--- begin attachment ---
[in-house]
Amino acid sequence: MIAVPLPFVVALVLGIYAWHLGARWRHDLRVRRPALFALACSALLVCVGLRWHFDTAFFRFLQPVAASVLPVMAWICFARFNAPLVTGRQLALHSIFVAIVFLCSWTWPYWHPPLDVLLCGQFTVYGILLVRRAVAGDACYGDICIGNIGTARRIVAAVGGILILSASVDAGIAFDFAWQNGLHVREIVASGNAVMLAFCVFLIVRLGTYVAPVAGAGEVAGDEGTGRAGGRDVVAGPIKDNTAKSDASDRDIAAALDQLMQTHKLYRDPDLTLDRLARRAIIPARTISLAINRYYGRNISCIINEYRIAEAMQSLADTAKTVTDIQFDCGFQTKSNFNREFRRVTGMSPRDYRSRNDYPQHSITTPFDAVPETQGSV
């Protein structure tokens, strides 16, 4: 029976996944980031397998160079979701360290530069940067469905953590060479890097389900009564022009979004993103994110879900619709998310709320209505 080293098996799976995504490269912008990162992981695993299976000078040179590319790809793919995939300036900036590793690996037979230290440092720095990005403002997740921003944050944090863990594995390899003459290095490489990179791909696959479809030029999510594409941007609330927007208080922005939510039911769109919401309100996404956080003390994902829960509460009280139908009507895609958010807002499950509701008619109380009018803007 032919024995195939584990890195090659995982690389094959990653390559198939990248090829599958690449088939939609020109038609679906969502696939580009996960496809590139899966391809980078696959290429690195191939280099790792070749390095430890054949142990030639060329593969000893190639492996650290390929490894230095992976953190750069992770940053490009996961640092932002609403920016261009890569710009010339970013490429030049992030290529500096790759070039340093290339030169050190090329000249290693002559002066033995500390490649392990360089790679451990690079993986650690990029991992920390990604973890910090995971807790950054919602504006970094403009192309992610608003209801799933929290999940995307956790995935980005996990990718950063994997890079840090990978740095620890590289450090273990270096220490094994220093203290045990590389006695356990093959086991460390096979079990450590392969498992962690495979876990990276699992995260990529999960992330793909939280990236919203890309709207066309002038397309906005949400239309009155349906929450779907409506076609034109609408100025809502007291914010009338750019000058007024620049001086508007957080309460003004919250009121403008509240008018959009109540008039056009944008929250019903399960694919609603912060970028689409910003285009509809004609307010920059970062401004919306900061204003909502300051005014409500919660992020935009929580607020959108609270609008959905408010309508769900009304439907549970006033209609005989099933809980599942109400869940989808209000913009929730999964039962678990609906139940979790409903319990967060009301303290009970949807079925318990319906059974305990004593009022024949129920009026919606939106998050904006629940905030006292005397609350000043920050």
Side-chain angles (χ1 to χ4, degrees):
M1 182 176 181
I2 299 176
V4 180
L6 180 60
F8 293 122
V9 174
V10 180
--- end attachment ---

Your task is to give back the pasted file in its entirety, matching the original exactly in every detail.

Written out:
[in-house]
Amino acid sequence: MIAVPLPFVVALVLGIYAWHLGARWRHDLRVRRPALFALACSALLVCVGLRWHFDTAFFRFLQPVAASVLPVMAWICFARFNAPLVTGRQLALHSIFVAIVFLCSWTWPYWHPPLDVLLCGQFTVYGILLVRRAVAGDACYGDICIGNIGTARRIVAAVGGILILSASVDAGIAFDFAWQNGLHVREIVASGNAVMLAFCVFLIVRLGTYVAPVAGAGEVAGDEGTGRAGGRDVVAGPIKDNTAKSDASDRDIAAALDQLMQTHKLYRDPDLTLDRLARRAIIPARTISLAINRYYGRNISCIINEYRIAEAMQSLADTAKTVTDIQFDCGFQTKSNFNREFRRVTGMSPRDYRSRNDYPQHSITTPFDAVPETQGSV
């Protein structure tokens, strides 16, 4: 029976996944980031397998160079979701360290530069940067469905953590060479890097389900009564022009979004993103994110879900619709998310709320209505 080293098996799976995504490269912008990162992981695993299976000078040179590319790809793919995939300036900036590793690996037979230290440092720095990005403002997740921003944050944090863990594995390899003459290095490489990179791909696959479809030029999510594409941007609330927007208080922005939510039911769109919401309100996404956080003390994902829960509460009280139908009507895609958010807002499950509701008619109380009018803007 032919024995195939584990890195090659995982690389094959990653390559198939990248090829599958690449088939939609020109038609679906969502696939580009996960496809590139899966391809980078696959290429690195191939280099790792070749390095430890054949142990030639060329593969000893190639492996650290390929490894230095992976953190750069992770940053490009996961640092932002609403920016261009890569710009010339970013490429030049992030290529500096790759070039340093290339030169050190090329000249290693002559002066033995500390490649392990360089790679451990690079993986650690990029991992920390990604973890910090995971807790950054919602504006970094403009192309992610608003209801799933929290999940995307956790995935980005996990990718950063994997890079840090990978740095620890590289450090273990270096220490094994220093203290045990590389006695356990093959086991460390096979079990450590392969498992962690495979876990990276699992995260990529999960992330793909939280990236919203890309709207066309002038397309906005949400239309009155349906929450779907409506076609034109609408100025809502007291914010009338750019000058007024620049001086508007957080309460003004919250009121403008509240008018959009109540008039056009944008929250019903399960694919609603912060970028689409910003285009509809004609307010920059970062401004919306900061204003909502300051005014409500919660992020935009929580607020959108609270609008959905408010309508769900009304439907549970006033209609005989099933809980599942109400869940989808209000913009929730999964039962678990609906139940979790409903319990967060009301303290009970949807079925318990319906059974305990004593009022024949129920009026919606939106998050904006629940905030006292005397609350000043920050």
Side-chain angles (χ1 to χ4, degrees):
M1 182 176 181
I2 299 176
V4 180
L6 180 60
F8 293 122
V9 174
V10 180